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Environmental Philosophy

Volume 5, Issue 2, Fall 2008

Species of Thought

Christian Diehm
Pages 3-16
DOI: 10.5840/envirophil2008523

Staying True to Trees
A Specific Look at Anthropocentrism and Non-Anthropocentrism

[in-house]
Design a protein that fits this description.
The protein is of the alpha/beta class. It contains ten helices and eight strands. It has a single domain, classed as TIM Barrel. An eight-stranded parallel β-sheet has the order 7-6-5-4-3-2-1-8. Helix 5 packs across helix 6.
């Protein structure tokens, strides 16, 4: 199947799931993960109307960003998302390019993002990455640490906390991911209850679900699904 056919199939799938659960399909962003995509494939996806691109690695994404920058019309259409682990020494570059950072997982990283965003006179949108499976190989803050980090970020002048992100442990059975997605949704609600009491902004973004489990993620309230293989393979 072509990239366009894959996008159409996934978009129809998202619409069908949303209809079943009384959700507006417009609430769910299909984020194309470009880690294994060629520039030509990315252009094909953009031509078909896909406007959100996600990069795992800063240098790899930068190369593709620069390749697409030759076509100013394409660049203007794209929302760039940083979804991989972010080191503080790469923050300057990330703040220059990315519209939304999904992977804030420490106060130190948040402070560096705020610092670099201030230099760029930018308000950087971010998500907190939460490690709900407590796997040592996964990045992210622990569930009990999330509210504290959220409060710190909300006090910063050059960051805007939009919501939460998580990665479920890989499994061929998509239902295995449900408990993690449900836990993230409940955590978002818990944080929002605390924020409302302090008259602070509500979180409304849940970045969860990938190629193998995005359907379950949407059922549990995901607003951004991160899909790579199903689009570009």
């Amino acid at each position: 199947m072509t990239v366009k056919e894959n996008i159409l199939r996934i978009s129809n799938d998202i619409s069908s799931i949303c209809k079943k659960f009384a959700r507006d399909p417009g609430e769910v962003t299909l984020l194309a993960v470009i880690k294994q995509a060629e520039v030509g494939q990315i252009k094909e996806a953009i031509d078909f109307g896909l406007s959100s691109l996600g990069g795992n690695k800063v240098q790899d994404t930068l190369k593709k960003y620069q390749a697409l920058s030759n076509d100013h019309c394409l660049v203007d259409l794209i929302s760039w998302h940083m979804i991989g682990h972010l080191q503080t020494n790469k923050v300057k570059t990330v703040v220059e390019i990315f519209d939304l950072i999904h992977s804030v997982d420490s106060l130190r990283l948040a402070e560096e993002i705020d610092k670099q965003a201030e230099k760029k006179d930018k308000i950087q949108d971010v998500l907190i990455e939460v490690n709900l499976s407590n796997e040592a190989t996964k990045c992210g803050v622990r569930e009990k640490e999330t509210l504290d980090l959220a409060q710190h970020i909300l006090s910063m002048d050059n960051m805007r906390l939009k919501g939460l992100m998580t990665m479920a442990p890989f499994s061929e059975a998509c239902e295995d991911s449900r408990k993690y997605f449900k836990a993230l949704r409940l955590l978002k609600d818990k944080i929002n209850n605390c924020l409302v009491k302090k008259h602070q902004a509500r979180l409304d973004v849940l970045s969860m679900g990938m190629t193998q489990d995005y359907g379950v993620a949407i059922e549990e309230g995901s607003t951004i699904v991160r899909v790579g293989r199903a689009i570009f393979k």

This essay examines how becoming familiar with trees in their specificity might impact how we position ourselves in the ongoing debate among environmental philosophers regarding anthropocentric and non-anthropocentric approaches to environmental ethics. It begins with an analysis of what the process of learning to identify trees entails, and a discussion of how this often involves the development of non-instrumentalist evaluative attitudes towards them, an axiological orientation at odds with the instrumental reductivism characteristic of anthropocentric views. It is then argued that a basic concern we might have with anthropocentrism is that it does not admit what are perhaps the most significant values that emerge in relationship with other-than-human entities.